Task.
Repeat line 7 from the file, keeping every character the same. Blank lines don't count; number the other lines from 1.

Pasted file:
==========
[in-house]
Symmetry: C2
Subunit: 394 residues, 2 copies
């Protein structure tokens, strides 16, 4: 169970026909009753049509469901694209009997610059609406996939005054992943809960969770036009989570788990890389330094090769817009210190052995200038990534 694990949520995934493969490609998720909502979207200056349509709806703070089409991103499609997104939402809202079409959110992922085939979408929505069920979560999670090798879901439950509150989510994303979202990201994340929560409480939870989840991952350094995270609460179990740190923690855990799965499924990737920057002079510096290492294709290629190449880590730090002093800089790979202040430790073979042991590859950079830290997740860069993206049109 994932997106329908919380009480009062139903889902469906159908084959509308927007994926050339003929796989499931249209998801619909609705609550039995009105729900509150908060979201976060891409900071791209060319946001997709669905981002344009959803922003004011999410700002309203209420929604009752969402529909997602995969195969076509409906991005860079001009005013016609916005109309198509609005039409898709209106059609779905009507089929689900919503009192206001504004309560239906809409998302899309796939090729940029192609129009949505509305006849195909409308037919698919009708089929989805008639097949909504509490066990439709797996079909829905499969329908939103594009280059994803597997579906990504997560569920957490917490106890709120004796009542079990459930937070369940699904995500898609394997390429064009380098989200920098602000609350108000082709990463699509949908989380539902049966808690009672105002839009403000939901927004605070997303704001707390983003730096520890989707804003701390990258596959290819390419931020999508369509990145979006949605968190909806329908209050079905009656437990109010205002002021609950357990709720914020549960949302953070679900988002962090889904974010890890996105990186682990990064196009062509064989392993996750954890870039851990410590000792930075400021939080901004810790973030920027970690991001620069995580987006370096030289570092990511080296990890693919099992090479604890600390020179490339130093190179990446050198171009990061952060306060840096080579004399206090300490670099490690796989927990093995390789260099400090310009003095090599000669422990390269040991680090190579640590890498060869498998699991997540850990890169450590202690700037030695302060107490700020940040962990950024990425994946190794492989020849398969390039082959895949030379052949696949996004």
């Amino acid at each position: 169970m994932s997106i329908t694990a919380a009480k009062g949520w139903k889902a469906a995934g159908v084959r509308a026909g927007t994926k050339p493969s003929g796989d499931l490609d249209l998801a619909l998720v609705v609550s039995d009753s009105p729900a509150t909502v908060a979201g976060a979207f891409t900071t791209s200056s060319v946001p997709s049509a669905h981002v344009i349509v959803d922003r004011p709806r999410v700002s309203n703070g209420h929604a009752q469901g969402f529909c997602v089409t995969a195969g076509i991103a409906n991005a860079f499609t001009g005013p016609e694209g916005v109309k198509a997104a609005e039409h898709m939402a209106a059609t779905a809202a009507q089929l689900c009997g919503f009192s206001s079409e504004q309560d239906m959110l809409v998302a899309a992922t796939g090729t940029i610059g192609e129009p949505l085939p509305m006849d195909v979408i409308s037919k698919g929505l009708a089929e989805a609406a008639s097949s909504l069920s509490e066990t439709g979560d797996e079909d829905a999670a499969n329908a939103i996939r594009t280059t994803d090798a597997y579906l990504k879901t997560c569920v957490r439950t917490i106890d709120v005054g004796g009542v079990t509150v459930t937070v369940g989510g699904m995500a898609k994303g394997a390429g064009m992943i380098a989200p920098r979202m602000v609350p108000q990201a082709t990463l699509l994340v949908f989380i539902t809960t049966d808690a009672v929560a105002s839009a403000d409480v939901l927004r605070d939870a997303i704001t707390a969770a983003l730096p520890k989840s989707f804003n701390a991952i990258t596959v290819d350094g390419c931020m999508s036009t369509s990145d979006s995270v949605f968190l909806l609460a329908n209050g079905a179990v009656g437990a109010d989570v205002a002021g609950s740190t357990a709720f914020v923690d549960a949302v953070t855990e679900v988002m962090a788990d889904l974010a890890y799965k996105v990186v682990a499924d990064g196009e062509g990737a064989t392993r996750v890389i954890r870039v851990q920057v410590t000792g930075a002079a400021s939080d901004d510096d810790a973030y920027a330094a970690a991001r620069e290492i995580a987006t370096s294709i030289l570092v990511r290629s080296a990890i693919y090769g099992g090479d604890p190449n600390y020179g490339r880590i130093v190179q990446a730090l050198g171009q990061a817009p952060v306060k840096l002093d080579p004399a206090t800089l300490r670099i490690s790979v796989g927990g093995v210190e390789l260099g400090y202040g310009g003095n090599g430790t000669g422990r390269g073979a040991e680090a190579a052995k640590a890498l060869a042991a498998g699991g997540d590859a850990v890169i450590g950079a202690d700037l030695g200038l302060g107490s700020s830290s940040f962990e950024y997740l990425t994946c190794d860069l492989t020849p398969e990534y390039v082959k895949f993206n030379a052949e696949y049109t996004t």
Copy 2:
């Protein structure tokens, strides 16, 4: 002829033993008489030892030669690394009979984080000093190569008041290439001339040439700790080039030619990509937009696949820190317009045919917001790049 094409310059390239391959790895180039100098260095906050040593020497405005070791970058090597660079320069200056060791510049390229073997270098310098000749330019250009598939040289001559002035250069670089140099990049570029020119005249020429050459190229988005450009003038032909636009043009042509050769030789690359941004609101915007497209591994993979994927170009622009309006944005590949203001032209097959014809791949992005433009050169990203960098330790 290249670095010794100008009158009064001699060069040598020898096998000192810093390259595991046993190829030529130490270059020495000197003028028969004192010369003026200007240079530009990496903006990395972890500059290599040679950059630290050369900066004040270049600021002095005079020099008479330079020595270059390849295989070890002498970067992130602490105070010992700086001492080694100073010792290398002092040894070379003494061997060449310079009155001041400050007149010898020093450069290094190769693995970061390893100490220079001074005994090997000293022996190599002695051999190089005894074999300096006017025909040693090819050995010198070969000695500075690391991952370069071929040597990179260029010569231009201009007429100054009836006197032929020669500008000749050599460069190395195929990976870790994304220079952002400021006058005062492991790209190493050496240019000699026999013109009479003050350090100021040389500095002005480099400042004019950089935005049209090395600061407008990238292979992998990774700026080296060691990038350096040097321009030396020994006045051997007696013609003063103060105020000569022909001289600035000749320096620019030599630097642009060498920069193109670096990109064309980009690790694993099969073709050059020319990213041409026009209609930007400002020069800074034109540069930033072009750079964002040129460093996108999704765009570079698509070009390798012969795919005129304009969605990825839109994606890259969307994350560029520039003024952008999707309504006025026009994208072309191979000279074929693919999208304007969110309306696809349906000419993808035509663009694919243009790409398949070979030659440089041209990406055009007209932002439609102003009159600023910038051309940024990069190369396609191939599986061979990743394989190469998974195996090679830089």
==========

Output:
């Protein structure tokens, strides 16, 4: 002829033993008489030892030669690394009979984080000093190569008041290439001339040439700790080039030619990509937009696949820190317009045919917001790049 094409310059390239391959790895180039100098260095906050040593020497405005070791970058090597660079320069200056060791510049390229073997270098310098000749330019250009598939040289001559002035250069670089140099990049570029020119005249020429050459190229988005450009003038032909636009043009042509050769030789690359941004609101915007497209591994993979994927170009622009309006944005590949203001032209097959014809791949992005433009050169990203960098330790 290249670095010794100008009158009064001699060069040598020898096998000192810093390259595991046993190829030529130490270059020495000197003028028969004192010369003026200007240079530009990496903006990395972890500059290599040679950059630290050369900066004040270049600021002095005079020099008479330079020595270059390849295989070890002498970067992130602490105070010992700086001492080694100073010792290398002092040894070379003494061997060449310079009155001041400050007149010898020093450069290094190769693995970061390893100490220079001074005994090997000293022996190599002695051999190089005894074999300096006017025909040693090819050995010198070969000695500075690391991952370069071929040597990179260029010569231009201009007429100054009836006197032929020669500008000749050599460069190395195929990976870790994304220079952002400021006058005062492991790209190493050496240019000699026999013109009479003050350090100021040389500095002005480099400042004019950089935005049209090395600061407008990238292979992998990774700026080296060691990038350096040097321009030396020994006045051997007696013609003063103060105020000569022909001289600035000749320096620019030599630097642009060498920069193109670096990109064309980009690790694993099969073709050059020319990213041409026009209609930007400002020069800074034109540069930033072009750079964002040129460093996108999704765009570079698509070009390798012969795919005129304009969605990825839109994606890259969307994350560029520039003024952008999707309504006025026009994208072309191979000279074929693919999208304007969110309306696809349906000419993808035509663009694919243009790409398949070979030659440089041209990406055009007209932002439609102003009159600023910038051309940024990069190369396609191939599986061979990743394989190469998974195996090679830089």